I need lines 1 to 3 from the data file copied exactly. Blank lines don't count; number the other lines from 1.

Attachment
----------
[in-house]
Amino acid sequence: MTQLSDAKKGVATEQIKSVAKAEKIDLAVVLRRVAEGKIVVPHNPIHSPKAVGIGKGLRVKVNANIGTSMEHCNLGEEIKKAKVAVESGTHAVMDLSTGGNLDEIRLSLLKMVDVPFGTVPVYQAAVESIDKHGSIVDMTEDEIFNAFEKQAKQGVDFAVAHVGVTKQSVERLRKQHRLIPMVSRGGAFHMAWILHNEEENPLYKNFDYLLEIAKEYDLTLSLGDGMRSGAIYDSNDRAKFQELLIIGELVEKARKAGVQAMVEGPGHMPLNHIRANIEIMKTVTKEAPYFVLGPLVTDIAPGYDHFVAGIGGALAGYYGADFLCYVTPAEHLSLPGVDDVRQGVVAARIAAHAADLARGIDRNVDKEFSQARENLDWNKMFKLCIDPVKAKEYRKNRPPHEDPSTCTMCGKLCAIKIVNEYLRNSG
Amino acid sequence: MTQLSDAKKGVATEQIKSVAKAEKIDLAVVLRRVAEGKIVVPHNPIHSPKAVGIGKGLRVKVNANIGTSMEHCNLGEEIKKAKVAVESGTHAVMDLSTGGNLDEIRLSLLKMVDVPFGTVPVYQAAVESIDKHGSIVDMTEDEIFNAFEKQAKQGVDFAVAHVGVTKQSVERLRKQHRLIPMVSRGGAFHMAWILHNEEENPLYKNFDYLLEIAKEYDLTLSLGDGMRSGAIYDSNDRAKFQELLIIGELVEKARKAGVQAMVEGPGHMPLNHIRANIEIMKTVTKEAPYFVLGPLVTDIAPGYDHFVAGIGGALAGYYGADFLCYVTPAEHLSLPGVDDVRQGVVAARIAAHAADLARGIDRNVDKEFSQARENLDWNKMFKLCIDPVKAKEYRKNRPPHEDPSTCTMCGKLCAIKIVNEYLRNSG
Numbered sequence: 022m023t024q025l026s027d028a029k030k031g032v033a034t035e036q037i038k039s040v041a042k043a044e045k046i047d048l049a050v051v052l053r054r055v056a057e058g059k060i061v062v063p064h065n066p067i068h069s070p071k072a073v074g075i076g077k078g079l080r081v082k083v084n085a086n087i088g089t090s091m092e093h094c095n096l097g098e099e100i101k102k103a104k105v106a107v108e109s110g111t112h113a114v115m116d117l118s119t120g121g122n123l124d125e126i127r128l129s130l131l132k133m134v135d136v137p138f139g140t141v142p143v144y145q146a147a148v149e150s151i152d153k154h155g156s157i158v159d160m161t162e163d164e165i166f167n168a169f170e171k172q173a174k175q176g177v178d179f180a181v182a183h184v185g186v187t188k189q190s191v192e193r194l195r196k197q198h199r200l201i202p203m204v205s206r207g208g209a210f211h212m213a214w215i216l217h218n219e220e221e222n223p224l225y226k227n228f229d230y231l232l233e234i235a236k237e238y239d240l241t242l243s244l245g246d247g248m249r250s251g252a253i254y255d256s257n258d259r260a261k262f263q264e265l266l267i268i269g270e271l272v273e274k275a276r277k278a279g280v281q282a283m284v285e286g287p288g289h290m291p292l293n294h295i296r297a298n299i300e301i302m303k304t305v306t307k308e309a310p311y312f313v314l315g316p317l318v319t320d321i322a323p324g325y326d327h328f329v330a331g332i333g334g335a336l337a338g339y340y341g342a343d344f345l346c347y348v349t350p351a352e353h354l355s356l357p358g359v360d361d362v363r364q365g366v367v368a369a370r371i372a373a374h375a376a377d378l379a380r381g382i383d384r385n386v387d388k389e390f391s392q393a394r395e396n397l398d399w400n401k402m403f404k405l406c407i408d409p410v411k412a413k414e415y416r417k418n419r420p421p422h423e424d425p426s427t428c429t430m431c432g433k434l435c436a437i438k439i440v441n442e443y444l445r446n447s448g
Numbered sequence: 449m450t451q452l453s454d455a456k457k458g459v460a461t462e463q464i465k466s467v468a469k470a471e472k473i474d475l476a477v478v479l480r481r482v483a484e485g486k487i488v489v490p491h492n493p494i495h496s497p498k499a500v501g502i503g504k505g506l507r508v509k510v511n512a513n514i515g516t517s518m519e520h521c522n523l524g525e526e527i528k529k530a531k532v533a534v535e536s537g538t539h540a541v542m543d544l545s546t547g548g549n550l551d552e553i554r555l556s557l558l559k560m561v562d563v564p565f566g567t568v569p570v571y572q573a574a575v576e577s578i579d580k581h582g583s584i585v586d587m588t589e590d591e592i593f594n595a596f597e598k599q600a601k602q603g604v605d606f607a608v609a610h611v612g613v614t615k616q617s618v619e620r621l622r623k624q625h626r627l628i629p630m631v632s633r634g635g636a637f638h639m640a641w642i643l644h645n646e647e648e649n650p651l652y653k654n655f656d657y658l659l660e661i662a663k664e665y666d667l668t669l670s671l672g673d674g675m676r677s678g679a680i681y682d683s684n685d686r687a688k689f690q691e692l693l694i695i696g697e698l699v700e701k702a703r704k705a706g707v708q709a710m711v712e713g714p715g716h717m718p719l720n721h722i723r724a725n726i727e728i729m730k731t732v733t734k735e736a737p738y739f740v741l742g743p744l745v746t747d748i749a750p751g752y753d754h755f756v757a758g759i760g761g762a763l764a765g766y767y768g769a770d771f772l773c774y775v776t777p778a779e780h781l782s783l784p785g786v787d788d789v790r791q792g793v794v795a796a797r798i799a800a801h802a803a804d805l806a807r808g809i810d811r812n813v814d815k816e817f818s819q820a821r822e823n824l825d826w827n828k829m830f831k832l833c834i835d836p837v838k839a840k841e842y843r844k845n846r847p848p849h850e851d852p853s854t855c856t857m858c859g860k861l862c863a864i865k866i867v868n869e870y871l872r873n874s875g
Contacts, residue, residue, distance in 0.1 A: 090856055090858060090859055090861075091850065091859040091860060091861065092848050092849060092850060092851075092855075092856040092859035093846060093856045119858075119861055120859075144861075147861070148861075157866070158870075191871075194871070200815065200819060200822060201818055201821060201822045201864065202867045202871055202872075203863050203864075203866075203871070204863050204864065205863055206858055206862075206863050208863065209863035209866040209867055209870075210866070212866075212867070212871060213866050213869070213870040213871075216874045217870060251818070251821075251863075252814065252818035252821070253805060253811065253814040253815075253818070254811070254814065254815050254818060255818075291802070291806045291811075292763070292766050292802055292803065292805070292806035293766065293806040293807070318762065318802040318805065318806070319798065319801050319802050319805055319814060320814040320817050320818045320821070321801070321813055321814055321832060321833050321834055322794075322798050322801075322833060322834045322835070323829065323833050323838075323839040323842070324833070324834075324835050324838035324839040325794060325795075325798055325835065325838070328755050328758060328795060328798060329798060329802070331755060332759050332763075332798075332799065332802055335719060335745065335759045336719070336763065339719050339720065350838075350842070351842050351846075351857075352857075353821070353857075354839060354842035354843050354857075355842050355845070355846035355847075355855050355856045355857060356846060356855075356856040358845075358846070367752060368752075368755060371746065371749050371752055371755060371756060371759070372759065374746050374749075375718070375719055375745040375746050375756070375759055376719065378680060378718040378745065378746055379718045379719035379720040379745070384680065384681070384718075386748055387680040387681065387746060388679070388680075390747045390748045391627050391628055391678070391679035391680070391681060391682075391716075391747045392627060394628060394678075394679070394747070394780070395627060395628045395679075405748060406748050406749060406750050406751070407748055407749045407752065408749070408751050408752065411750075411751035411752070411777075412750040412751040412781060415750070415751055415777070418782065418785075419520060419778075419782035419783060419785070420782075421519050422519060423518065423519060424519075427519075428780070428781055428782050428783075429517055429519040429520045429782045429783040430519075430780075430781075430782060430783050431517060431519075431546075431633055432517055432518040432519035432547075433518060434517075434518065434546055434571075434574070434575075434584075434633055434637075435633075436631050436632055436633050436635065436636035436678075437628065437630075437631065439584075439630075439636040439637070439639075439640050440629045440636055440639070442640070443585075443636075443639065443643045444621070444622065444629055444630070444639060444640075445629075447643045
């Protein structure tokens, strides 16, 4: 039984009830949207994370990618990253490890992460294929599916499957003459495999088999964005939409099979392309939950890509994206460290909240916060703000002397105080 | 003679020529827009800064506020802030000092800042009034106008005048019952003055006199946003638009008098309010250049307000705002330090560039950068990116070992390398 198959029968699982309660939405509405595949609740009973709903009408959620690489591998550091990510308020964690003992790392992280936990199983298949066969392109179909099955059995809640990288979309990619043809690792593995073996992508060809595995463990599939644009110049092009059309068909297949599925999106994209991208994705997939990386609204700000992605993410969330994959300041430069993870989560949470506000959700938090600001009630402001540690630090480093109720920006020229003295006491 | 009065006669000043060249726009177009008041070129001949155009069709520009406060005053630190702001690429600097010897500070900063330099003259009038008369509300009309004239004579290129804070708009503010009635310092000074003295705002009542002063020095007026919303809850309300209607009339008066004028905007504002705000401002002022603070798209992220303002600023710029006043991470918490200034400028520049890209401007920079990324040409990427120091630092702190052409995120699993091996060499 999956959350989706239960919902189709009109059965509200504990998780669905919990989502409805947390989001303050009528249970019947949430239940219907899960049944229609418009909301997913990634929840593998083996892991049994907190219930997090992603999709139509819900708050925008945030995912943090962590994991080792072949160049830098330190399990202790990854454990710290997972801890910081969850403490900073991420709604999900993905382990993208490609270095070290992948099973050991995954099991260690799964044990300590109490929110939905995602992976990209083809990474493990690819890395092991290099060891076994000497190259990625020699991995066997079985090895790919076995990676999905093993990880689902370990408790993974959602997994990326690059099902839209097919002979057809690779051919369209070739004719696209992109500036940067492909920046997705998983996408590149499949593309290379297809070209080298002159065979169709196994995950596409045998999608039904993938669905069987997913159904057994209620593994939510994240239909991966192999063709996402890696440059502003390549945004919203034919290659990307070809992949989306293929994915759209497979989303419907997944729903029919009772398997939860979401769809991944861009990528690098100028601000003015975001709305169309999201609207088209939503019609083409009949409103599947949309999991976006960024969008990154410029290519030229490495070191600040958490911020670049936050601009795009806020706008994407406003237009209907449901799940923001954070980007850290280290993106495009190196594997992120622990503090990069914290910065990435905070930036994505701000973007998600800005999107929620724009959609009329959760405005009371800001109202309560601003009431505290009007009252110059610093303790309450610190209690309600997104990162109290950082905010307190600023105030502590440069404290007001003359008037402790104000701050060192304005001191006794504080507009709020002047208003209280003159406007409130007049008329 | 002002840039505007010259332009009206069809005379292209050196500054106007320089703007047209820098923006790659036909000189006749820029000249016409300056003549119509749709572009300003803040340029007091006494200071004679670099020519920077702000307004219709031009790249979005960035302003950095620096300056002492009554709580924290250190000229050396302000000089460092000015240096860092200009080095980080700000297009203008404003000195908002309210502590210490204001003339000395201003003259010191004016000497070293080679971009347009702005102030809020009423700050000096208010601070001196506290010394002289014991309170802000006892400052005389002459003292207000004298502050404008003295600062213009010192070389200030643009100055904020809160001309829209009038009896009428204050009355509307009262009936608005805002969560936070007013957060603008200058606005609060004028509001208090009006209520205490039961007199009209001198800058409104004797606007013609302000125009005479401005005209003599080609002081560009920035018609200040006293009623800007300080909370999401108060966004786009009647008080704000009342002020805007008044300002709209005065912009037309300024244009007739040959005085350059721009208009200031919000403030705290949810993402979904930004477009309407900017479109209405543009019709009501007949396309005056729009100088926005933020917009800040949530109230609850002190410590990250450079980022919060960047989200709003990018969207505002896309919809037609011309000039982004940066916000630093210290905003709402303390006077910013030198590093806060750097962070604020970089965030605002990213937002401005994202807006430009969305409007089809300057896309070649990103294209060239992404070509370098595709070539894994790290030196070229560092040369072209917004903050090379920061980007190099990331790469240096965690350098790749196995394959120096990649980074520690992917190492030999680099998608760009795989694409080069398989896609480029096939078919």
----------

[in-house]
Amino acid sequence: MTQLSDAKKGVATEQIKSVAKAEKIDLAVVLRRVAEGKIVVPHNPIHSPKAVGIGKGLRVKVNANIGTSMEHCNLGEEIKKAKVAVESGTHAVMDLSTGGNLDEIRLSLLKMVDVPFGTVPVYQAAVESIDKHGSIVDMTEDEIFNAFEKQAKQGVDFAVAHVGVTKQSVERLRKQHRLIPMVSRGGAFHMAWILHNEEENPLYKNFDYLLEIAKEYDLTLSLGDGMRSGAIYDSNDRAKFQELLIIGELVEKARKAGVQAMVEGPGHMPLNHIRANIEIMKTVTKEAPYFVLGPLVTDIAPGYDHFVAGIGGALAGYYGADFLCYVTPAEHLSLPGVDDVRQGVVAARIAAHAADLARGIDRNVDKEFSQARENLDWNKMFKLCIDPVKAKEYRKNRPPHEDPSTCTMCGKLCAIKIVNEYLRNSG
Amino acid sequence: MTQLSDAKKGVATEQIKSVAKAEKIDLAVVLRRVAEGKIVVPHNPIHSPKAVGIGKGLRVKVNANIGTSMEHCNLGEEIKKAKVAVESGTHAVMDLSTGGNLDEIRLSLLKMVDVPFGTVPVYQAAVESIDKHGSIVDMTEDEIFNAFEKQAKQGVDFAVAHVGVTKQSVERLRKQHRLIPMVSRGGAFHMAWILHNEEENPLYKNFDYLLEIAKEYDLTLSLGDGMRSGAIYDSNDRAKFQELLIIGELVEKARKAGVQAMVEGPGHMPLNHIRANIEIMKTVTKEAPYFVLGPLVTDIAPGYDHFVAGIGGALAGYYGADFLCYVTPAEHLSLPGVDDVRQGVVAARIAAHAADLARGIDRNVDKEFSQARENLDWNKMFKLCIDPVKAKEYRKNRPPHEDPSTCTMCGKLCAIKIVNEYLRNSG